a non-political voter's guide to voting

Pretty much my political ideology for the past year

For someone who has an opinion on everything from honey (much too cloying, and there's something disturbing about a food that never spoils) to the the the ISIS sex slavery issue (seriously...people are still against Planned Parenthood in our country when things like this are happening in the world?), I don't have a lot of opinions about politics, at least not those worth expressing. I'm not often particularly vocal about politics, not because I don't care, but because I honestly don't think I'm well-informed enough or have enough context to make good decisions or to form valid opinions about policy.

I am the first to admit that politics doesn't personally interest me. I know very little about the logistics of elections, the way laws or policies are passed, political terminology, or about how campaigning works. But I'm trying to change that. Because it's too important to dismiss simply because it's uninteresting. And this is something, very real and very within my reach, that I can do to make a difference.

So I am, for the first time, voting in a presidential election this fall. I've done extensive research, consulted many people that are much more well-versed in politics than I am, and tried to faithfully follow the debates.

I won't say who I'm voting for, but I'm going to go ahead and take a swing at the low-hanging fruit and say this: Any candidate that is immature enough to respond to his critics with insults on Twitter or make misogynistic jokes during an interview, whose first reaction to disagreement is to call their opposition a "loser" or an "idiot", is not someone who is can make rational decisions or has the American people's best interests in mind. But it's also important to note that while many people do agree that he is a sexist, entitled, shamefully misinformed (summary herejoke of a presidential candidate, it speaks to the state of our country itself that he is even being considered. He does not represent the minority opinion, and that alone should be terrifying to us. Here is someone with no concrete policies, no political experience, and no filter, and he's running for President of the United States. The fact that he is even a consideration is a good enough reason as any to get off your couch, get on your computer, and learn as much as you can before November. Vote for who you want, but it's important that you take it seriously, and consider it within the landscape of American politics itself.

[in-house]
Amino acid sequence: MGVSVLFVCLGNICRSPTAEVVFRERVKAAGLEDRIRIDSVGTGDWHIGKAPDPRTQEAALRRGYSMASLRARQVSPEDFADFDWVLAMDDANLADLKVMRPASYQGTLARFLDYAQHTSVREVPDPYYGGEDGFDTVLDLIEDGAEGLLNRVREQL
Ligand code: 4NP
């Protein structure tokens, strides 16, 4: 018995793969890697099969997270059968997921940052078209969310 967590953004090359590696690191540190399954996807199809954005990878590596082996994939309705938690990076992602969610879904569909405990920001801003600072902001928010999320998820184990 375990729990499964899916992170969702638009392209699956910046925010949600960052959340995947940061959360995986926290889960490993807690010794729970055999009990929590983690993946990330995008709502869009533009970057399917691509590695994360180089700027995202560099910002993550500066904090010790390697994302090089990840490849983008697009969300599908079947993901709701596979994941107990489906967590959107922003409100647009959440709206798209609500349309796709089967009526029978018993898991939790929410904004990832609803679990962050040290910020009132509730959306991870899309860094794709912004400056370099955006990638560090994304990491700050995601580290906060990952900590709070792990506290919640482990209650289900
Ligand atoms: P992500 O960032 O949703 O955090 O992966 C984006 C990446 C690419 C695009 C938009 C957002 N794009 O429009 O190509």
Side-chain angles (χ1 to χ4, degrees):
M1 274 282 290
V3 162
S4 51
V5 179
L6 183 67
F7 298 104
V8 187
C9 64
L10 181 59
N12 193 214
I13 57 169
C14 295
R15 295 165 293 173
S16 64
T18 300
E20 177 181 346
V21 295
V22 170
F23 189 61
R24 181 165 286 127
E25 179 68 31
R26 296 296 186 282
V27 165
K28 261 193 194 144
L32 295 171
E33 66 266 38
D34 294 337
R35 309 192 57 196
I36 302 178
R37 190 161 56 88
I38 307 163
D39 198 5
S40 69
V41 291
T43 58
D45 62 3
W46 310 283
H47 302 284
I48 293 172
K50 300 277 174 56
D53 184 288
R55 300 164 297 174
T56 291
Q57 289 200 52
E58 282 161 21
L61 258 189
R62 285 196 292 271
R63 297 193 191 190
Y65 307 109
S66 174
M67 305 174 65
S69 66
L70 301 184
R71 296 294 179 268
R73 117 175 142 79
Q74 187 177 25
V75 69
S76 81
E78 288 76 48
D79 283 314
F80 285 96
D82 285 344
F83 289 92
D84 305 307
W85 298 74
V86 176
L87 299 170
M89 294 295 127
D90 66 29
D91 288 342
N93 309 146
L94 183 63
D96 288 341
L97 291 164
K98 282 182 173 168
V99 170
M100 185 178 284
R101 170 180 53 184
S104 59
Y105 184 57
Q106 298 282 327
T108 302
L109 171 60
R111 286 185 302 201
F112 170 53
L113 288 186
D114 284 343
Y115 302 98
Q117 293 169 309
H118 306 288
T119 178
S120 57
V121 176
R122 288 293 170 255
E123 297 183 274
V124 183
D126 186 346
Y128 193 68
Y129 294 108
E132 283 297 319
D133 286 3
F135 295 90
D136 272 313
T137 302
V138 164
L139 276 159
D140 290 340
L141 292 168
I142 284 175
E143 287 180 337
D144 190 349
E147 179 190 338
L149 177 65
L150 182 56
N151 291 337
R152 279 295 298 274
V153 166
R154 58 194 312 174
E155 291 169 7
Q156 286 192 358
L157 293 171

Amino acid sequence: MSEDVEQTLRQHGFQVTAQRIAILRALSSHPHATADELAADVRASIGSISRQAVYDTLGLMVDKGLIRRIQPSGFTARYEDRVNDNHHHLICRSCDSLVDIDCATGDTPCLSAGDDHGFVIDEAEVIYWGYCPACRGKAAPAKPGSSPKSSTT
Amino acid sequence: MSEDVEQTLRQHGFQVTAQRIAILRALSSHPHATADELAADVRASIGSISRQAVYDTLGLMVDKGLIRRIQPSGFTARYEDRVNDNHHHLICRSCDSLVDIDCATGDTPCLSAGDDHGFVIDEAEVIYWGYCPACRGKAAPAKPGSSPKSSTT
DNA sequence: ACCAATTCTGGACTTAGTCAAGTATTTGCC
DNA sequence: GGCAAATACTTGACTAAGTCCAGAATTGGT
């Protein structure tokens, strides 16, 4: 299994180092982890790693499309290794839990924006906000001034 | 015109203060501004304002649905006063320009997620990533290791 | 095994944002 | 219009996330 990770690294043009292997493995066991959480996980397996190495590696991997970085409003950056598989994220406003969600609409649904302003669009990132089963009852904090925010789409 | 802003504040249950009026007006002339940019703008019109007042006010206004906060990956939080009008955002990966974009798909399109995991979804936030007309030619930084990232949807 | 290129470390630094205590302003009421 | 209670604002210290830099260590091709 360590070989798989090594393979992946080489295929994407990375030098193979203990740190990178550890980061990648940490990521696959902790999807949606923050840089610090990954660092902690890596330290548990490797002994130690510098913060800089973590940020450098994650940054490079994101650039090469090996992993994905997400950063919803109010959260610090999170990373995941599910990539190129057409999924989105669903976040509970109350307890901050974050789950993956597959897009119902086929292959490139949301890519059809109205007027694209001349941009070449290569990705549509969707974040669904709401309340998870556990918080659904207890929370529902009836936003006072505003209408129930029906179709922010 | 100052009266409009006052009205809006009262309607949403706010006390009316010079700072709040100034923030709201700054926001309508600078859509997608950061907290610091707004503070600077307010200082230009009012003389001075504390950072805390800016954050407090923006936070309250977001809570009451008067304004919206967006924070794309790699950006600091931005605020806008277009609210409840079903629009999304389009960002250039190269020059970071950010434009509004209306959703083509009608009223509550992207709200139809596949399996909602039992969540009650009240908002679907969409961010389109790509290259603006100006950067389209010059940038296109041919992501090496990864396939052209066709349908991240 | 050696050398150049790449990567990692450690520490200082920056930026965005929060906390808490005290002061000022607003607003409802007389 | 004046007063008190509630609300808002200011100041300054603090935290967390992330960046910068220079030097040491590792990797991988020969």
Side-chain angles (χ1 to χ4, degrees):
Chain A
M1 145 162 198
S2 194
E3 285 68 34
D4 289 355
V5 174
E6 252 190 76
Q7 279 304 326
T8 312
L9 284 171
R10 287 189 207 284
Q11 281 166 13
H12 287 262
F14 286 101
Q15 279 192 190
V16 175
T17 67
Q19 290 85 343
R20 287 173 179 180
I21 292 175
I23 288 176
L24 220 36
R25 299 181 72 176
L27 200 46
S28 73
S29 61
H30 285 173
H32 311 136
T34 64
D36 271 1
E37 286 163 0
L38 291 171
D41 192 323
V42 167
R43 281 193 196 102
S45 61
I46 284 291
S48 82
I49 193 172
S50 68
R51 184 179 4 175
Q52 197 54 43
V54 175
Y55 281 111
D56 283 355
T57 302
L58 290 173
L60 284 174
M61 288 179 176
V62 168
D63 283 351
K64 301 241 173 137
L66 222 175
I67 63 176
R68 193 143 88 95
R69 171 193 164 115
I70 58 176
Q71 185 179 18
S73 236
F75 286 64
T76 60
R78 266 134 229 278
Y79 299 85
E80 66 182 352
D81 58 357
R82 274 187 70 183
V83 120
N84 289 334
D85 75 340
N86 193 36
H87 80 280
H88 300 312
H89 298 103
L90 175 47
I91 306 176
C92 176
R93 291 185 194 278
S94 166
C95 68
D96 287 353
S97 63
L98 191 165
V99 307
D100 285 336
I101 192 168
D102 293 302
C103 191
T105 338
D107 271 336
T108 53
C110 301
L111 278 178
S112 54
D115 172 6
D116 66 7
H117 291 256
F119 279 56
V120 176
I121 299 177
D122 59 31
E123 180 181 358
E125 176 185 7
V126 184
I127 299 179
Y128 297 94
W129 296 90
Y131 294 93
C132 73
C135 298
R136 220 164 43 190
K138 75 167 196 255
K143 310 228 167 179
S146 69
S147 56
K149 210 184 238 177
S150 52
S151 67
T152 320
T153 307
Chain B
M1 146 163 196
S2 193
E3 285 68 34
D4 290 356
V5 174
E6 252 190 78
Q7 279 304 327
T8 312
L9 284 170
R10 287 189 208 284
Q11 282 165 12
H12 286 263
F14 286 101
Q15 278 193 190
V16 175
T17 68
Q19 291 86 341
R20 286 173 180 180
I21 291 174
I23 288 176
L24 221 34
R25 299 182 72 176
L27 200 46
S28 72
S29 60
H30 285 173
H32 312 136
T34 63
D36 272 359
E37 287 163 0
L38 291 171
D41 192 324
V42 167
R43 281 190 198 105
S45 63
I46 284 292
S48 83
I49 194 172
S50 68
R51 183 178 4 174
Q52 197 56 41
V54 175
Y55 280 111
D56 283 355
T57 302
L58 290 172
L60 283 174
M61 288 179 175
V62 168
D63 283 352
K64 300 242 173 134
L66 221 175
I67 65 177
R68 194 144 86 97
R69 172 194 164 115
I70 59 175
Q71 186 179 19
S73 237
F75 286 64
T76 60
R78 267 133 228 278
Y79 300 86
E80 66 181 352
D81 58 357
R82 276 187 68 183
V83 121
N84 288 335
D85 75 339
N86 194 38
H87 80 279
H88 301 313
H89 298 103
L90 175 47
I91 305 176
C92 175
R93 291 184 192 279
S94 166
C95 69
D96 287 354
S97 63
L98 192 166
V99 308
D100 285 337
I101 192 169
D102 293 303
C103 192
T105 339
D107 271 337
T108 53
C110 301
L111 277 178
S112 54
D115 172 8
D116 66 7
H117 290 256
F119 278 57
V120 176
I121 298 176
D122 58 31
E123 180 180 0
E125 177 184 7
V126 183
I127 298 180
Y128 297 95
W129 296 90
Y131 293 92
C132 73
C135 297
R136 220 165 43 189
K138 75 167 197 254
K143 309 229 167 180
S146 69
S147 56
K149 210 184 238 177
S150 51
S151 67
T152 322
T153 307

That being said, it's important just to care. Because if we don't, who will? It only affects the next four to eight years of our adult lives. Not to mention that this election is being called potentially the most important election since 1860, for a couple of reasons.

Firstly, there is no incumbent running AKA Obama has reached his presidential term limit. That means he's not going to be there to defend all of the executive actions he's taken over the past four years, for example, the global compact that 196 countries signed to fight climate change. And, with very hot issues like healthcare, immigration, and gun control still up in the air, the next president's party affiliation could drastically affect the direction of our country.

Secondly, the 45th POTUS will most likely select four new Supreme Court Justices to replace three members that are over 75 years of age, along with Antonin Scalia who passed away two months ago. That's almost half of the nine-person United States Supreme Court lineup. Remember, Supreme Court Justices are appointed for life, and can only be removed by impeachment or resignation.

Shoutout to my friends Shikha, Steph, and Johnny, some of the most opinionated and politically-savvy people I know, for explaining to me the mechanics of the election process and answering all of my stupid questions. It's been a very humbling experience, so thanks.




  • Are 18+ years old or will you be by November 2016?

  • Are you a US citizen?

If you answered YES to both of these questions, and fulfill your state's residency requirements (something you can find in a quick Google search), then you're good to go!


This guide is meant to be for beginners; it is in no way intended to be a comprehensive overview of the election process. Check out USA.gov for more details on the requirements to become president, and a roadmap of the whole process.


You can do this by mail or online. For Californians, go here to register. You'll need your driver's license number, and last four digits of your Social Security number. If you register in a different state than you currently reside in, you can fill out an absentee ballot for your state. For college students who go to school out-of-state, this is for you.